Published on 28 Jan 2014

Playing ‘long-term plan’ bingo with George Osborne

Today’s growth numbers are another Goldilocks number for the government. Not too cold as to suggest a faltering recovery, nor too hot to call for a dampening of consumer excess, and immediate interest rises.

2013 now appears to be a year of solid private sector growth, extra jobs, and though far from perfect, it compares favourably with almost every other advanced nation.

Some people might not like what is happening to the squeezed middle, or welfare recipients etc, but the UK in the past year undoubtedly compares well with other countries.

Pre News refresh player – this is the default player for the C4 news site – please do not delete. Ziad


Should the chancellor take credit for this? It might be argued that he should only take as much credit for 2013, as he took the blame for 2011 and 2012, ie not much.

In a laboratory in Oxford the journalists lining up to interview the chancellor were playing “long-term plan” bingo. Rarely does a sentence pass George Osborne’s lips without the phrase being uttered.

But it is abundantly clear that over the three years of his chancellorship the shape of the recovery is far from what his long-term plan envisaged. This chart from the GDP release today shows

28_faisalgraphic_y

that since Q2 2010, the service sector is 6 per cent larger, and the production (ie manufacturing) and construction sectors are have shrunk around 3 per cent each. This is not rebalancing. This is already existing imbalances, further imbalancing.

In his interviews today the chancellor was adamant that “growth is broadly balanced” but “the job is not done”. I put the numbers in the above chart to the chancellor, saying that rebalancing has failed.

“There has been a rebalancing between public and private sector: one part of the rebalancing,” he said. But in recent days, Mr Osborne has conceded that more needs to be done on export industries. Indeed November showed the worst current account deficit since 1989.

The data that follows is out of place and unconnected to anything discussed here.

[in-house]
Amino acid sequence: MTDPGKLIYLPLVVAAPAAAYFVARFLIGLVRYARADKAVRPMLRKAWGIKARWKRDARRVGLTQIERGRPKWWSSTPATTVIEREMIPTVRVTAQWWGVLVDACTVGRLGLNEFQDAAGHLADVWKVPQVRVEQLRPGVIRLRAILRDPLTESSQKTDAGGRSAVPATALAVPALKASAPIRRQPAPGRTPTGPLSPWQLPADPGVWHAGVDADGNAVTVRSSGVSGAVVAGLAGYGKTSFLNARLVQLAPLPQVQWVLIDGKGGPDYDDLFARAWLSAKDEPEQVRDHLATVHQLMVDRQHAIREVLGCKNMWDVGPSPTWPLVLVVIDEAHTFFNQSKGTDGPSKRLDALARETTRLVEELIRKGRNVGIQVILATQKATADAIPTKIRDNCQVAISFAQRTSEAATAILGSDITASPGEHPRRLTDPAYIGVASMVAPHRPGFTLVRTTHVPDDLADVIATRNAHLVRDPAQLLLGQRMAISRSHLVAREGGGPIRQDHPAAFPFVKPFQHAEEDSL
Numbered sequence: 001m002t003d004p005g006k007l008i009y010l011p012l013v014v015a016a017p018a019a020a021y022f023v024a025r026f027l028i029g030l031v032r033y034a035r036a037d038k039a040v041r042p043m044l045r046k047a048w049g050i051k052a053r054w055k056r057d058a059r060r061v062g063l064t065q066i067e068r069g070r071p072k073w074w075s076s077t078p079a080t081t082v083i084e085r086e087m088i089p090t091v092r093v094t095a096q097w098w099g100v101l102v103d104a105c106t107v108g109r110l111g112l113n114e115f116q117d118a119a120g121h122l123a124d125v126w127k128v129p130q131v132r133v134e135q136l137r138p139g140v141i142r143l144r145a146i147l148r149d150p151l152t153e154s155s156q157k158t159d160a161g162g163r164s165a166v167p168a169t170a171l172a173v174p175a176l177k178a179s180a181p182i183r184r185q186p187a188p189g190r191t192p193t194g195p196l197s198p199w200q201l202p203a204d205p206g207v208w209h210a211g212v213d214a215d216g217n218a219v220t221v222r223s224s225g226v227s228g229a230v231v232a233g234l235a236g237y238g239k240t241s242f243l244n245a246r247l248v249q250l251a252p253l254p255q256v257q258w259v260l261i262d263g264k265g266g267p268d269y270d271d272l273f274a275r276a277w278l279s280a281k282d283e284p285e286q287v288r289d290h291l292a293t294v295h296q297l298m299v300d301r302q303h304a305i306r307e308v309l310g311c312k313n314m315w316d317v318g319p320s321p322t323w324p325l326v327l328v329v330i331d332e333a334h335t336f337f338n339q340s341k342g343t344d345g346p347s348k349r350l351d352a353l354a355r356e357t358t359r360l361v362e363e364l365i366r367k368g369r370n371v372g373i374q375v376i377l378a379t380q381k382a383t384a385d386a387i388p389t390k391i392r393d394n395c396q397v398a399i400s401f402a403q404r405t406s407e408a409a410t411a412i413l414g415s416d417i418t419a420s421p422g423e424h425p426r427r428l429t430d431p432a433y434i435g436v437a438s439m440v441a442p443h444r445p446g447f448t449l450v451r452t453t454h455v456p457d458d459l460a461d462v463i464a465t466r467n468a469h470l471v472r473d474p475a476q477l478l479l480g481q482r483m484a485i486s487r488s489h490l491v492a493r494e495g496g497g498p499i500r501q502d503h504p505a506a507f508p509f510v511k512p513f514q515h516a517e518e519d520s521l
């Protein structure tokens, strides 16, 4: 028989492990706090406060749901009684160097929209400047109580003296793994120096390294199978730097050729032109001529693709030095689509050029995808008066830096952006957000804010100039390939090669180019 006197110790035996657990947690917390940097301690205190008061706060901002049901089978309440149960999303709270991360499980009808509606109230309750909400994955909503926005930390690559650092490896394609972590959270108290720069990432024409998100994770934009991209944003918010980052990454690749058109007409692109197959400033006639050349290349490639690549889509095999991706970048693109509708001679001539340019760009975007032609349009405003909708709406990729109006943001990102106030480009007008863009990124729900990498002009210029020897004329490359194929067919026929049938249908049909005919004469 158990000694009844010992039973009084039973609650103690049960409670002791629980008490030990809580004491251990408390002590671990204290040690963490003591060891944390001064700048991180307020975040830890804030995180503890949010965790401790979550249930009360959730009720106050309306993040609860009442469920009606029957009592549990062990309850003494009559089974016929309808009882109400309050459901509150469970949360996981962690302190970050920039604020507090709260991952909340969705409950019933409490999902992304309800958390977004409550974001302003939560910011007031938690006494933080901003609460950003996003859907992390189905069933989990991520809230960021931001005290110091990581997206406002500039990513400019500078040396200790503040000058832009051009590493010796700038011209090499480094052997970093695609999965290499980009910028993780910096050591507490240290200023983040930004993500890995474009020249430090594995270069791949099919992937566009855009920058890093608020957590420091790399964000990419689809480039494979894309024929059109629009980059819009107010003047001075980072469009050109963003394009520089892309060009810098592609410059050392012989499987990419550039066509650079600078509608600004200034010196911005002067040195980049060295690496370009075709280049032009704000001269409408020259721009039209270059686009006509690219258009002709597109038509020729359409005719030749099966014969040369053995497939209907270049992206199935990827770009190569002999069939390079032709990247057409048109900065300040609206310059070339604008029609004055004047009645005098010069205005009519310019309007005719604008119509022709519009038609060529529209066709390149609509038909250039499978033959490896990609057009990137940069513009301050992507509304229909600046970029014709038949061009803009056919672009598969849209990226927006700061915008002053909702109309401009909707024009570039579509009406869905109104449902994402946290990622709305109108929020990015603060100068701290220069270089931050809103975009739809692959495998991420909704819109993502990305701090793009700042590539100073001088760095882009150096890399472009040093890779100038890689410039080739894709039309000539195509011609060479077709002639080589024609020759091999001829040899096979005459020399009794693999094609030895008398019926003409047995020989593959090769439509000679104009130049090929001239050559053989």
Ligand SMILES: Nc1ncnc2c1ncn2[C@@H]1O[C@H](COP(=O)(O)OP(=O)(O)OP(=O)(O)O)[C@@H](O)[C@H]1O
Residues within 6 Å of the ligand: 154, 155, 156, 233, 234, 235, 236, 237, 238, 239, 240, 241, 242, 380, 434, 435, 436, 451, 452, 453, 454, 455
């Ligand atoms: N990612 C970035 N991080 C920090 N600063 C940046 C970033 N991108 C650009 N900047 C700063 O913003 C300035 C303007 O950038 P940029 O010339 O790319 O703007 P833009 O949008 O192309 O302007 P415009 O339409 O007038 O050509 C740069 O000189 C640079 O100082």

He has referred to “the handover” of the baton of growth from the consumer to producer. When Mark Carney first arrived at the Bank of England, he rather candidly told me that the recovery would be kindled in the consumer, with the help of forward guidance, and then with that foundation, it would be easier to get companies to spend cash on business investment, to raise productivity, raise real wages and then rebalance the economy.

That is why maintaining low interest rates, despite the 7 per cent threshold, is vital to the Osborne project. Inside the Bank of England, they have steered clear of trying to claim credit for the economic, confidence and employment impact of forward guidance. But they do think it has had an impact, and it is true that survey measures of the economy are off the scale.

Forward guidance may not have worked as planned in monetary policy credibility terms. But with record employment growth, and a solid four plus quarters of growth under way, the BoE and Treasury do think it has worked to excite demand and confidence in the economy generally.

So when will “the handover” (sounds like a bad Hollywood comedy) actually happen? The chancellor’s argument appears to be that with the “job not half done” he will be the man to deliver that shift, after the next election.

His aides point to the very latest stream of data showing fast balanced growth (though more than half of the 0.7 per cent Q4 growth came from a subset of services called “business services and finance” – 0.4 per cent).

If you believe that the government’s policies contributed to further imbalances, it might appear a little cheeky to argue: “Vote for me and I will rebalance the economy I further imbalanced.”